Happy July from Dr. Scinta
Happy July! I hope that everybody is getting out and moving during the warmer weather and especially enjoying the sunshine! I absolutely love summers in upstate New York! I hope you do too.
I was recently in Trader Joe’s and noticed on the wall a series of pictures that quietly explained much of Syracuse’s history. Not being originally from Syracuse, I found the pictures fascinating!
I have included six of them here: men working in the salt plants, dapper men (love the bow ties) in front of the Syracuse Post, elegant couples walking into the Hotel Syracuse, women working at Syracuse China, men making typewriters at the Smith Premier Typewriter Company-which eventually became Smith Corona, and Charles Lindbergh landing his “Spirit of St. Louis” in Syracuse’s Amboy Airport in 1927.
Many of you don’t know but one of the interesting new skills I have acquired over the past 10 years of working in weight loss is that I can pick peoples weight just by a quick glance. My husband has told me many times that I could make a good living working at the N.Y. State Fair each year guessing people’s weight. As you look at the pictures, you will notice that almost all of the people are at a healthy weight. In the 1920’s the obesity rates were not even tracked or measured because it was not a problem. The American obesity rates weren’t tracked until the 1950’s and for that decade, 33% of the US Adults were overweight and 9.7% were clinically obese (BMI over 30). Today the rates have skyrocketed to 70% of the nation overweight, with at least 33% obese. So if you struggle, you are more “normal” than you think.
So how did this happen? Did we all develop bad habits at once? No- far from it. We live in an “obesigenic” environment where, unlike the old days, we have access to poor quality processed food, fast food, and now with technology, often coupled with a sedentary lifestyle. Streets are made for driving rather than walking or riding, and many of our jobs involve sitting at a desk. Think about it, we are being told to stand up and move every 30 minutes at our desk. In the 1920s, these folks were in constant motion!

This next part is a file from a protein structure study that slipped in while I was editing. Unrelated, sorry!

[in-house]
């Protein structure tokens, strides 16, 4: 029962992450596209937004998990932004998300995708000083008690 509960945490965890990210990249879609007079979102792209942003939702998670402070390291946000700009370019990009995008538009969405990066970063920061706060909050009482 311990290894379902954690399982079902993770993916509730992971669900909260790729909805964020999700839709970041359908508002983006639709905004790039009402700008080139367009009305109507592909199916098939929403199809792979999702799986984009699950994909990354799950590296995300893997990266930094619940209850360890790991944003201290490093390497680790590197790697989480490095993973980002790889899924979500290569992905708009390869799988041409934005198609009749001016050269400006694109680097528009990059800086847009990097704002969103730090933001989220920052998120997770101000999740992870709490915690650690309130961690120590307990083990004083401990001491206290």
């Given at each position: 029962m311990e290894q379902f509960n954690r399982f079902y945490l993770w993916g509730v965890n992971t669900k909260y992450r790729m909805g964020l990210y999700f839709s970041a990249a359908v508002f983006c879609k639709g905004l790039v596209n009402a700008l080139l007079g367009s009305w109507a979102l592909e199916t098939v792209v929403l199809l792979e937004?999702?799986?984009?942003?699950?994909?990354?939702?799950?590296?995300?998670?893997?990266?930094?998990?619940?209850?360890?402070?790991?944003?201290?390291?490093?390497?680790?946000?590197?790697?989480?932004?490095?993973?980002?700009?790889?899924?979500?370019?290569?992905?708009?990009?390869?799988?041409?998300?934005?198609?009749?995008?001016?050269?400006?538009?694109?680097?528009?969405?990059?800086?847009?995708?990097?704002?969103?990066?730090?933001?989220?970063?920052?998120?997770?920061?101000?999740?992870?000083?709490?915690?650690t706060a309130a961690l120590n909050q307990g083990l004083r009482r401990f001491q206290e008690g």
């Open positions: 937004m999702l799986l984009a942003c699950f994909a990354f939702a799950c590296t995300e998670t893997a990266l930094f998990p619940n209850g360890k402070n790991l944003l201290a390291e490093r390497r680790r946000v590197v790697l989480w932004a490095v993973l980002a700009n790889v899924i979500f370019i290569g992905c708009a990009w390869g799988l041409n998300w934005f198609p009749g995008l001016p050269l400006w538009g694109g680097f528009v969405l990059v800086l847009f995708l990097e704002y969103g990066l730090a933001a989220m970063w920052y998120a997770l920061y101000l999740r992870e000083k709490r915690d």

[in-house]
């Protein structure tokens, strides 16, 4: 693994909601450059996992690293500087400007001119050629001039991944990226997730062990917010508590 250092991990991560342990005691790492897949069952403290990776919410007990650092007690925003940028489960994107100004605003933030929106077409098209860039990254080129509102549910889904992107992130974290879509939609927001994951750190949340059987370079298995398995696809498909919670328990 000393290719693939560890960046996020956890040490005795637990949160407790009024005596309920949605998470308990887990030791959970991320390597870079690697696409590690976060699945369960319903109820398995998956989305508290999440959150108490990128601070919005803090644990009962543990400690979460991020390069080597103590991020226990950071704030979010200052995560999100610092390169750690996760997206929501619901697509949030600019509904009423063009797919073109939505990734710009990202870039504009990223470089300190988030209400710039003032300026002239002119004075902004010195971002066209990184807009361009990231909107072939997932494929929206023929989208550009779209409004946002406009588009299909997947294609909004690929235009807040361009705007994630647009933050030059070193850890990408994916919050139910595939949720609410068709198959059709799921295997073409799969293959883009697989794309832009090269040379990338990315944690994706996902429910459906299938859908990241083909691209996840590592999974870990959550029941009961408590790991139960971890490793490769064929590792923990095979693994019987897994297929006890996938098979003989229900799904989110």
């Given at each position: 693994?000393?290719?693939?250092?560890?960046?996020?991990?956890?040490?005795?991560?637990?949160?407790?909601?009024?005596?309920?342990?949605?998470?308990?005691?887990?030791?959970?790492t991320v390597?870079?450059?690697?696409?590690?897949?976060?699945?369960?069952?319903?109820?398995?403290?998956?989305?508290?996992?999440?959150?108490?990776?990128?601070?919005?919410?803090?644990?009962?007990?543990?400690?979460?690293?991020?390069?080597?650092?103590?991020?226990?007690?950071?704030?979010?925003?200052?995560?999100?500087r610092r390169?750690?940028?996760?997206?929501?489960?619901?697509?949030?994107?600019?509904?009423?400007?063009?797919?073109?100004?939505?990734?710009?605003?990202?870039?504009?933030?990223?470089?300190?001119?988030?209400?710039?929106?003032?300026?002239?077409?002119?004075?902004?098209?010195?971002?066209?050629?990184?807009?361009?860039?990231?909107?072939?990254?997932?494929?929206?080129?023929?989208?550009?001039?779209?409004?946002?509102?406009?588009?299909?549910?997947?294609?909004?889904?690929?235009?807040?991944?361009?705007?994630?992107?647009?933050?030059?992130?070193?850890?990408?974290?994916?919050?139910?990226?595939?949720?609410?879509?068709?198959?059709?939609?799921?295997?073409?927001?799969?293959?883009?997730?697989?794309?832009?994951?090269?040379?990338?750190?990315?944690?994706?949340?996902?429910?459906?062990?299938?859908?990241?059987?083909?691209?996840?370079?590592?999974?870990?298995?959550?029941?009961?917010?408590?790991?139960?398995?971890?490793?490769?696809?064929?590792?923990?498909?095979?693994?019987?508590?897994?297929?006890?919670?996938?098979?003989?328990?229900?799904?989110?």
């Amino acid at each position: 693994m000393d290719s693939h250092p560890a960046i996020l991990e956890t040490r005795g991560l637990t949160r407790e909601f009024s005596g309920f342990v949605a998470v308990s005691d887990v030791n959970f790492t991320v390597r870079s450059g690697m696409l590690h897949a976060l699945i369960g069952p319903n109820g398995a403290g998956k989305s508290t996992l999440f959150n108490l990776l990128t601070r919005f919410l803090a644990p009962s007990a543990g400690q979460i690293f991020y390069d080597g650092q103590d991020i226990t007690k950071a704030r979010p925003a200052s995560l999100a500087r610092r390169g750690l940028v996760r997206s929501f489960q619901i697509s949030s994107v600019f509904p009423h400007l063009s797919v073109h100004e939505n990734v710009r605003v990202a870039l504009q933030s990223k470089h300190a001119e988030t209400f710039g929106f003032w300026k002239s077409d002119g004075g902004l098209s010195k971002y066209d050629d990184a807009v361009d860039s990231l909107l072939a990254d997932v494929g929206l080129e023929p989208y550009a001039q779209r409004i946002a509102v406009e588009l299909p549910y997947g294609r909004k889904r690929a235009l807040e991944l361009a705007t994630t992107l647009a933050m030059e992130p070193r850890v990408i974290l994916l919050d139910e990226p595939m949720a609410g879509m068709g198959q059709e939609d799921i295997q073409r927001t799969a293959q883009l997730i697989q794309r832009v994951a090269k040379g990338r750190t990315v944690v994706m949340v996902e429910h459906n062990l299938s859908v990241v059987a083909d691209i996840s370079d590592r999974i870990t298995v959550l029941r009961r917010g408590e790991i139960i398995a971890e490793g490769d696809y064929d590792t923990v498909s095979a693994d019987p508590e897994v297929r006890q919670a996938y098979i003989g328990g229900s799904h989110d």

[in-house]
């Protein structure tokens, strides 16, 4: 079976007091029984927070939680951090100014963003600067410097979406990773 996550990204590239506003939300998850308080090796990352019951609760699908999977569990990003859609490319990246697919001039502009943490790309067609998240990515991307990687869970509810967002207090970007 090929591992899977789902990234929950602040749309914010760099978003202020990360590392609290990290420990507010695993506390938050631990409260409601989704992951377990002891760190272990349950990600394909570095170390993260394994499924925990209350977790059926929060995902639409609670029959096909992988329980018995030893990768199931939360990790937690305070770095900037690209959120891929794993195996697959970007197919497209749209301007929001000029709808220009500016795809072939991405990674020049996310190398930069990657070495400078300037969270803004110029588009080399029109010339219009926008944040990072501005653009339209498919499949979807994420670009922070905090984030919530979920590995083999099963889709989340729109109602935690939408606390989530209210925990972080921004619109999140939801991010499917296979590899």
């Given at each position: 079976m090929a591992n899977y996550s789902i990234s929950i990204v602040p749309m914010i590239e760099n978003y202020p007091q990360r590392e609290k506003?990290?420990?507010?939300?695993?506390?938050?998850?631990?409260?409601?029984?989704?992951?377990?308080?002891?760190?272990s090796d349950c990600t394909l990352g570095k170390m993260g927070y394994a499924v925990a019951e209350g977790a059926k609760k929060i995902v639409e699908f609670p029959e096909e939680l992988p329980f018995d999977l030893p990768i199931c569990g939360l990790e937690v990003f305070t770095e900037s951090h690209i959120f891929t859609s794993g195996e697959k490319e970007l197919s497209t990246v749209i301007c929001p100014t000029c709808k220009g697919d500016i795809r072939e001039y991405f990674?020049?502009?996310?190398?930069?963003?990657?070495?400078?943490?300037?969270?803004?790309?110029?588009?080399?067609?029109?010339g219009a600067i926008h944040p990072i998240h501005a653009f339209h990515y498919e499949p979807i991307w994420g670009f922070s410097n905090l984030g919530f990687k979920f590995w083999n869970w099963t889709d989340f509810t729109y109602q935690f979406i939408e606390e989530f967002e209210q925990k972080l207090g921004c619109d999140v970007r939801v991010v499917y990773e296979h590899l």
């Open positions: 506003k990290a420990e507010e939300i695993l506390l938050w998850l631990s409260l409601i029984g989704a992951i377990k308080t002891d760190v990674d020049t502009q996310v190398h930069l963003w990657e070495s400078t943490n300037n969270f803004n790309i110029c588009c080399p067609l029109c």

This summer I would like you to take advantage of two wonderful assets we have here in Syracuse: fresh local produce, and beautiful parks and scenic roads. One of my mentors always said to me, “Eat local. Eat in season.” When I was little, I would help my grandma and grandpa in the garden in the summer, then late summer we would pick everything and “can it” to use in the winter. We have to think along those lines again. Buy some delicious local fruit or meat and freeze it for the summer. Grow a garden and harvest it to use in the fall and winter months. These are simple steps that will help you maintain good habits in the wintertime.
Finally, follow our forefathers, and get out there and move! It is so important to have this become a habit in the summer that you can eventually transfer to the slopes, or indoors as winter approaches.
Have a lovely July everyone! And remember, when I tell you that you lost weight, you have to trust me! I am the master of the fair game….
All the best in health,